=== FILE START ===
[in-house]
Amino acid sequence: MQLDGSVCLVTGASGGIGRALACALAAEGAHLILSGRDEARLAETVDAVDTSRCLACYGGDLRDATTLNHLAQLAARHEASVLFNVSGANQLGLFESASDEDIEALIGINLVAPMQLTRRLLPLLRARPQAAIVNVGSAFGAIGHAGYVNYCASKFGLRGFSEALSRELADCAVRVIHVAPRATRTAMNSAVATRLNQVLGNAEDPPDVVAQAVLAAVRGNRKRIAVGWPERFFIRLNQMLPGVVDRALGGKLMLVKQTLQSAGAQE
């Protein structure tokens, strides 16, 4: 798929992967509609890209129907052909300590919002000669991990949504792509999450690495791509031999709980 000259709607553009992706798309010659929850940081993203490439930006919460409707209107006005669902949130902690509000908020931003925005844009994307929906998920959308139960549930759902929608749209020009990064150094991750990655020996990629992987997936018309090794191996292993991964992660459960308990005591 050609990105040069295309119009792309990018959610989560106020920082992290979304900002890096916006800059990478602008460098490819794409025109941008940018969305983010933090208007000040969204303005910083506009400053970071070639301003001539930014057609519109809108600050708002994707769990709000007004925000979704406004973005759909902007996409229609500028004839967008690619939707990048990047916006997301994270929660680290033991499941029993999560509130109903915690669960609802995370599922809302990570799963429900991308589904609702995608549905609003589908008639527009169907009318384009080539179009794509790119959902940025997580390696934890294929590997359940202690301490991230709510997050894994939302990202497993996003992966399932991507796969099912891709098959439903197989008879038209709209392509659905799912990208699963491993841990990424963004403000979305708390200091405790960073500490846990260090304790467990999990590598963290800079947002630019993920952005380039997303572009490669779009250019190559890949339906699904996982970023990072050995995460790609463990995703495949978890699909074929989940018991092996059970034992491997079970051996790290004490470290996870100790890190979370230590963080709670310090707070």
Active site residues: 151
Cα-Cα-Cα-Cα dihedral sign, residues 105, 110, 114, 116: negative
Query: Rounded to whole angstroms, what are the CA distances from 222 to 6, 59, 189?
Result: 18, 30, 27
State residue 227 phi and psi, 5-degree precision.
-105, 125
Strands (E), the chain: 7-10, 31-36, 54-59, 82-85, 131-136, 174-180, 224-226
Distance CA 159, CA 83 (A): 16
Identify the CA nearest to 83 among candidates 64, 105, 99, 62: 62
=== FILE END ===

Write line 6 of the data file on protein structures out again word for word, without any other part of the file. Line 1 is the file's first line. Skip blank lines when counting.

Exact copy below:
Query: Rounded to whole angstroms, what are the CA distances from 222 to 6, 59, 189?